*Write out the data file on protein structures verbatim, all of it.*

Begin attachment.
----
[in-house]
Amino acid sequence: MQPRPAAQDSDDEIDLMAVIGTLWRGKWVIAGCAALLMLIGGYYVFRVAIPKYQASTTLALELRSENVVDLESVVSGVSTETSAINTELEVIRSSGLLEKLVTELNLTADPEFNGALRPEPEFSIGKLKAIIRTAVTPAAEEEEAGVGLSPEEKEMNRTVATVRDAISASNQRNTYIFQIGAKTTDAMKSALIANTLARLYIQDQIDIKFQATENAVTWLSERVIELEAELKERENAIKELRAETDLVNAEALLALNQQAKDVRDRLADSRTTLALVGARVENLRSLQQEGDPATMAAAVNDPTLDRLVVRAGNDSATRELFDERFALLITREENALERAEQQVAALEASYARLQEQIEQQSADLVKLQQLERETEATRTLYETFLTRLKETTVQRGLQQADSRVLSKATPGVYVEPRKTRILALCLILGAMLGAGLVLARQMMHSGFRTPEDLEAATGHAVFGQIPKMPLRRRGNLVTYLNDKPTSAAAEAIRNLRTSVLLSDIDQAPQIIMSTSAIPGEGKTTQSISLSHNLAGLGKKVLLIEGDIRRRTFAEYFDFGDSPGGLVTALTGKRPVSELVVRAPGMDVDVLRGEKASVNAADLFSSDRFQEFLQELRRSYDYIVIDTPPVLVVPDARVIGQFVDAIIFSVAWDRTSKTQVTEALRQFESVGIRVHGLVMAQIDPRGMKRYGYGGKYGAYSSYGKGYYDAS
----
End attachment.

[in-house]
Amino acid sequence: MQPRPAAQDSDDEIDLMAVIGTLWRGKWVIAGCAALLMLIGGYYVFRVAIPKYQASTTLALELRSENVVDLESVVSGVSTETSAINTELEVIRSSGLLEKLVTELNLTADPEFNGALRPEPEFSIGKLKAIIRTAVTPAAEEEEAGVGLSPEEKEMNRTVATVRDAISASNQRNTYIFQIGAKTTDAMKSALIANTLARLYIQDQIDIKFQATENAVTWLSERVIELEAELKERENAIKELRAETDLVNAEALLALNQQAKDVRDRLADSRTTLALVGARVENLRSLQQEGDPATMAAAVNDPTLDRLVVRAGNDSATRELFDERFALLITREENALERAEQQVAALEASYARLQEQIEQQSADLVKLQQLERETEATRTLYETFLTRLKETTVQRGLQQADSRVLSKATPGVYVEPRKTRILALCLILGAMLGAGLVLARQMMHSGFRTPEDLEAATGHAVFGQIPKMPLRRRGNLVTYLNDKPTSAAAEAIRNLRTSVLLSDIDQAPQIIMSTSAIPGEGKTTQSISLSHNLAGLGKKVLLIEGDIRRRTFAEYFDFGDSPGGLVTALTGKRPVSELVVRAPGMDVDVLRGEKASVNAADLFSSDRFQEFLQELRRSYDYIVIDTPPVLVVPDARVIGQFVDAIIFSVAWDRTSKTQVTEALRQFESVGIRVHGLVMAQIDPRGMKRYGYGGKYGAYSSYGKGYYDAS